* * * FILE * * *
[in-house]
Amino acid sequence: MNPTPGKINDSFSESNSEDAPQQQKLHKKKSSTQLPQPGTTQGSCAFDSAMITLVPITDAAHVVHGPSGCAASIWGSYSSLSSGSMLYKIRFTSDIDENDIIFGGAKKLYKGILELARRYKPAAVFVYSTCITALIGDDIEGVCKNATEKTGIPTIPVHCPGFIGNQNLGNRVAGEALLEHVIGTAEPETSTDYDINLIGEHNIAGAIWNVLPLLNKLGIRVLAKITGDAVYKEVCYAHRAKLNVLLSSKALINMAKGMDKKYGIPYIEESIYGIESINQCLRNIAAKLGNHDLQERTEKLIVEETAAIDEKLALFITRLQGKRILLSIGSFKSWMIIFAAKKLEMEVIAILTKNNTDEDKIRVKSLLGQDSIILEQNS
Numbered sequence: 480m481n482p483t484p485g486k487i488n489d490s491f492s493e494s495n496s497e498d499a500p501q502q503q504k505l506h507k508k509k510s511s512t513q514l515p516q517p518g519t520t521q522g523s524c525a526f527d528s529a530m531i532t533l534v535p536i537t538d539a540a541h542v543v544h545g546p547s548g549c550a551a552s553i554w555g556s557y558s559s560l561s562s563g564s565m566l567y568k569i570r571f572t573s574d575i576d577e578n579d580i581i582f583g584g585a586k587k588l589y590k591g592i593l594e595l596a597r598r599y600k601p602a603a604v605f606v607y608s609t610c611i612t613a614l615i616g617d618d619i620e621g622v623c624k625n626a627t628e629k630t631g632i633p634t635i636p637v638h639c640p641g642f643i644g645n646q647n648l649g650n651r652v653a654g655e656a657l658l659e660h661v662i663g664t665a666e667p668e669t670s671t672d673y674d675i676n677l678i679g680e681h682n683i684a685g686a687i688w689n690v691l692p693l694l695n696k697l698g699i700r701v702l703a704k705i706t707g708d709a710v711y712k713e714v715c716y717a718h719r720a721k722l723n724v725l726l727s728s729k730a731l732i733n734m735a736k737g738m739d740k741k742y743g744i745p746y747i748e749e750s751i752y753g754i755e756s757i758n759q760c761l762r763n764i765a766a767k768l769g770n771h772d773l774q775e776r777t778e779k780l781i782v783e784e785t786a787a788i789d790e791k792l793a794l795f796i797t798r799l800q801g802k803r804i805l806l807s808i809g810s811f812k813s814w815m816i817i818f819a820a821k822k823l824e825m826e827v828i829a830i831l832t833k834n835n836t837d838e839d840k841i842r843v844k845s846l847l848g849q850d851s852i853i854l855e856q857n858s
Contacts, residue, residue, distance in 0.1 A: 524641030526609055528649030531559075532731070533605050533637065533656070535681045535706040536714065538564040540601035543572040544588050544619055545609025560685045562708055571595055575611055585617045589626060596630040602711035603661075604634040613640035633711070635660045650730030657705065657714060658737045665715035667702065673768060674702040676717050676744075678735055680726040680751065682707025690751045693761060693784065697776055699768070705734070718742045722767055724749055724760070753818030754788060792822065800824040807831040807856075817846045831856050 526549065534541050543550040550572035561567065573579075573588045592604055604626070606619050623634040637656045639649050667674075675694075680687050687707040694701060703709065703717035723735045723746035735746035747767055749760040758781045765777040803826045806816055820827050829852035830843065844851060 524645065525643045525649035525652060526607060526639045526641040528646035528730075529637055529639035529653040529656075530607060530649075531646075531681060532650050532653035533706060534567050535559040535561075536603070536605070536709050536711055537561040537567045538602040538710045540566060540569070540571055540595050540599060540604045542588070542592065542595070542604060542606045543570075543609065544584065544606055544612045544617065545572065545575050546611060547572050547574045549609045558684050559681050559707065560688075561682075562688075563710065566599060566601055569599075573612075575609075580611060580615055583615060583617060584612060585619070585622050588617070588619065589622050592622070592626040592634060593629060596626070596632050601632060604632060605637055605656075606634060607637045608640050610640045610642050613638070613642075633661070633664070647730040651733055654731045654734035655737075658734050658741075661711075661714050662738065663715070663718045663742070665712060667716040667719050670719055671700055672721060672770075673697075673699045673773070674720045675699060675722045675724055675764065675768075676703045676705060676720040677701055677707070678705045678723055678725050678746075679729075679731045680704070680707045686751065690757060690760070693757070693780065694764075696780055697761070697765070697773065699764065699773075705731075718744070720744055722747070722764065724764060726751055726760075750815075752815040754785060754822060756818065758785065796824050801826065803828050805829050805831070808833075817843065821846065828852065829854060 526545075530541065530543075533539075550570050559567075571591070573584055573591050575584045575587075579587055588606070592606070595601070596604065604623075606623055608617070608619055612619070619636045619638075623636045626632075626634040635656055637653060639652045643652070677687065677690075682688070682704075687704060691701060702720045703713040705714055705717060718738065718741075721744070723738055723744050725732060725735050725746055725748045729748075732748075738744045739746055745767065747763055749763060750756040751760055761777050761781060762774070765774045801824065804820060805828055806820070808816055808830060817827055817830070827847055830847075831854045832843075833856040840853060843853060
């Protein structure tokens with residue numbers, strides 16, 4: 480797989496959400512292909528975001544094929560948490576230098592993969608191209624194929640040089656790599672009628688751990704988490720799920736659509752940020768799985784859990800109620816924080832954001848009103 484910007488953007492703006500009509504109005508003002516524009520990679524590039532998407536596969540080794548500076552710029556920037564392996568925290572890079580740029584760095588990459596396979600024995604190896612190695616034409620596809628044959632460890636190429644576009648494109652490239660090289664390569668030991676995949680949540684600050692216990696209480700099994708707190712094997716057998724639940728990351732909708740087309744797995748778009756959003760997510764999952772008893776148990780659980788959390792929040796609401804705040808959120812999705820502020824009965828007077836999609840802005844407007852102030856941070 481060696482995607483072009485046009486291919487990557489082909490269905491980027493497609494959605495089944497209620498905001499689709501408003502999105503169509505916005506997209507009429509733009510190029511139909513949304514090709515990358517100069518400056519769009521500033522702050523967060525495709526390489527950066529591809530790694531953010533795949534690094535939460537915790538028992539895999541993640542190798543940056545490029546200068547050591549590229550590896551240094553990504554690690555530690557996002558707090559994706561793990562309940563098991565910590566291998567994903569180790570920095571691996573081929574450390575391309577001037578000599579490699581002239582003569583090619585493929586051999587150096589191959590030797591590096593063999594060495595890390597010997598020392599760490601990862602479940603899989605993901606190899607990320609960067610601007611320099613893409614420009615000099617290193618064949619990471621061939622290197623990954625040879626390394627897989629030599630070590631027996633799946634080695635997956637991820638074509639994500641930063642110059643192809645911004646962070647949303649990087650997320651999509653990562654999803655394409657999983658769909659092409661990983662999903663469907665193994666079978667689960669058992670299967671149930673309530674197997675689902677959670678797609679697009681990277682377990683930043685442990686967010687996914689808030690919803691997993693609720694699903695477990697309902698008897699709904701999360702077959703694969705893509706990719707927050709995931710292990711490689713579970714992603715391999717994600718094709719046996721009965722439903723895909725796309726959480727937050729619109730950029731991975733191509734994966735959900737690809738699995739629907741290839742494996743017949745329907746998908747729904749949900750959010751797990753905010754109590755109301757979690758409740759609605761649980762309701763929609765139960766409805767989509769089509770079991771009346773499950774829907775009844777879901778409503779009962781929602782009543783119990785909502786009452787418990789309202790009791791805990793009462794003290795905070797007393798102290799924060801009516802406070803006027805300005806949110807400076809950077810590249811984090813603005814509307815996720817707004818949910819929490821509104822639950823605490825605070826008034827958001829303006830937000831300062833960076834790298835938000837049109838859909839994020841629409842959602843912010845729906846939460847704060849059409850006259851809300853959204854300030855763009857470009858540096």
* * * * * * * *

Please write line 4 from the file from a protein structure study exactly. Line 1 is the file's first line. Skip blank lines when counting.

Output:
Contacts, residue, residue, distance in 0.1 A: 524641030526609055528649030531559075532731070533605050533637065533656070535681045535706040536714065538564040540601035543572040544588050544619055545609025560685045562708055571595055575611055585617045589626060596630040602711035603661075604634040613640035633711070635660045650730030657705065657714060658737045665715035667702065673768060674702040676717050676744075678735055680726040680751065682707025690751045693761060693784065697776055699768070705734070718742045722767055724749055724760070753818030754788060792822065800824040807831040807856075817846045831856050 526549065534541050543550040550572035561567065573579075573588045592604055604626070606619050623634040637656045639649050667674075675694075680687050687707040694701060703709065703717035723735045723746035735746035747767055749760040758781045765777040803826045806816055820827050829852035830843065844851060 524645065525643045525649035525652060526607060526639045526641040528646035528730075529637055529639035529653040529656075530607060530649075531646075531681060532650050532653035533706060534567050535559040535561075536603070536605070536709050536711055537561040537567045538602040538710045540566060540569070540571055540595050540599060540604045542588070542592065542595070542604060542606045543570075543609065544584065544606055544612045544617065545572065545575050546611060547572050547574045549609045558684050559681050559707065560688075561682075562688075563710065566599060566601055569599075573612075575609075580611060580615055583615060583617060584612060585619070585622050588617070588619065589622050592622070592626040592634060593629060596626070596632050601632060604632060605637055605656075606634060607637045608640050610640045610642050613638070613642075633661070633664070647730040651733055654731045654734035655737075658734050658741075661711075661714050662738065663715070663718045663742070665712060667716040667719050670719055671700055672721060672770075673697075673699045673773070674720045675699060675722045675724055675764065675768075676703045676705060676720040677701055677707070678705045678723055678725050678746075679729075679731045680704070680707045686751065690757060690760070693757070693780065694764075696780055697761070697765070697773065699764065699773075705731075718744070720744055722747070722764065724764060726751055726760075750815075752815040754785060754822060756818065758785065796824050801826065803828050805829050805831070808833075817843065821846065828852065829854060 526545075530541065530543075533539075550570050559567075571591070573584055573591050575584045575587075579587055588606070592606070595601070596604065604623075606623055608617070608619055612619070619636045619638075623636045626632075626634040635656055637653060639652045643652070677687065677690075682688070682704075687704060691701060702720045703713040705714055705717060718738065718741075721744070723738055723744050725732060725735050725746055725748045729748075732748075738744045739746055745767065747763055749763060750756040751760055761777050761781060762774070765774045801824065804820060805828055806820070808816055808830060817827055817830070827847055830847075831854045832843075833856040840853060843853060